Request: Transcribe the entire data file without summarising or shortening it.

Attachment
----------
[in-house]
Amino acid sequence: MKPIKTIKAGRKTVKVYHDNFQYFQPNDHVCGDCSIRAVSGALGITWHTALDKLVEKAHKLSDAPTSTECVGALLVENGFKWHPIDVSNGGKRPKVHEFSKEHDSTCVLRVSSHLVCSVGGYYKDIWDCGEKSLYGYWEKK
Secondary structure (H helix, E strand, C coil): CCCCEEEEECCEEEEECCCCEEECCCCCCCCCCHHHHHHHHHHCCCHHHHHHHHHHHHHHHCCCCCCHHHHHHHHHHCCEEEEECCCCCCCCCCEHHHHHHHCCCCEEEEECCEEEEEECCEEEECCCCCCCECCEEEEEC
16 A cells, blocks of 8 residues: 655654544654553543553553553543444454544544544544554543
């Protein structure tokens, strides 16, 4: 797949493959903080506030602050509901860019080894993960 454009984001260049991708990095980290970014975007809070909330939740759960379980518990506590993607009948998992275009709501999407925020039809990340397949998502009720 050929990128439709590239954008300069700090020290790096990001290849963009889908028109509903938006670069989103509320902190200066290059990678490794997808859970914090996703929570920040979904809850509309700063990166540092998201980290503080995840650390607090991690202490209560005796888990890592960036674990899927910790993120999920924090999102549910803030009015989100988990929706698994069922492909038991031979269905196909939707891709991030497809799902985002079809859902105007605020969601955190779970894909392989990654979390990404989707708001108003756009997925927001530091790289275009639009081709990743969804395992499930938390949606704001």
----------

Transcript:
[in-house]
Amino acid sequence: MKPIKTIKAGRKTVKVYHDNFQYFQPNDHVCGDCSIRAVSGALGITWHTALDKLVEKAHKLSDAPTSTECVGALLVENGFKWHPIDVSNGGKRPKVHEFSKEHDSTCVLRVSSHLVCSVGGYYKDIWDCGEKSLYGYWEKK
Secondary structure (H helix, E strand, C coil): CCCCEEEEECCEEEEECCCCEEECCCCCCCCCCHHHHHHHHHHCCCHHHHHHHHHHHHHHHCCCCCCHHHHHHHHHHCCEEEEECCCCCCCCCCEHHHHHHHCCCCEEEEECCEEEEEECCEEEECCCCCCCECCEEEEEC
16 A cells, blocks of 8 residues: 655654544654553543553553553543444454544544544544554543
């Protein structure tokens, strides 16, 4: 797949493959903080506030602050509901860019080894993960 454009984001260049991708990095980290970014975007809070909330939740759960379980518990506590993607009948998992275009709501999407925020039809990340397949998502009720 050929990128439709590239954008300069700090020290790096990001290849963009889908028109509903938006670069989103509320902190200066290059990678490794997808859970914090996703929570920040979904809850509309700063990166540092998201980290503080995840650390607090991690202490209560005796888990890592960036674990899927910790993120999920924090999102549910803030009015989100988990929706698994069922492909038991031979269905196909939707891709991030497809799902985002079809859902105007605020969601955190779970894909392989990654979390990404989707708001108003756009997925927001530091790289275009639009081709990743969804395992499930938390949606704001």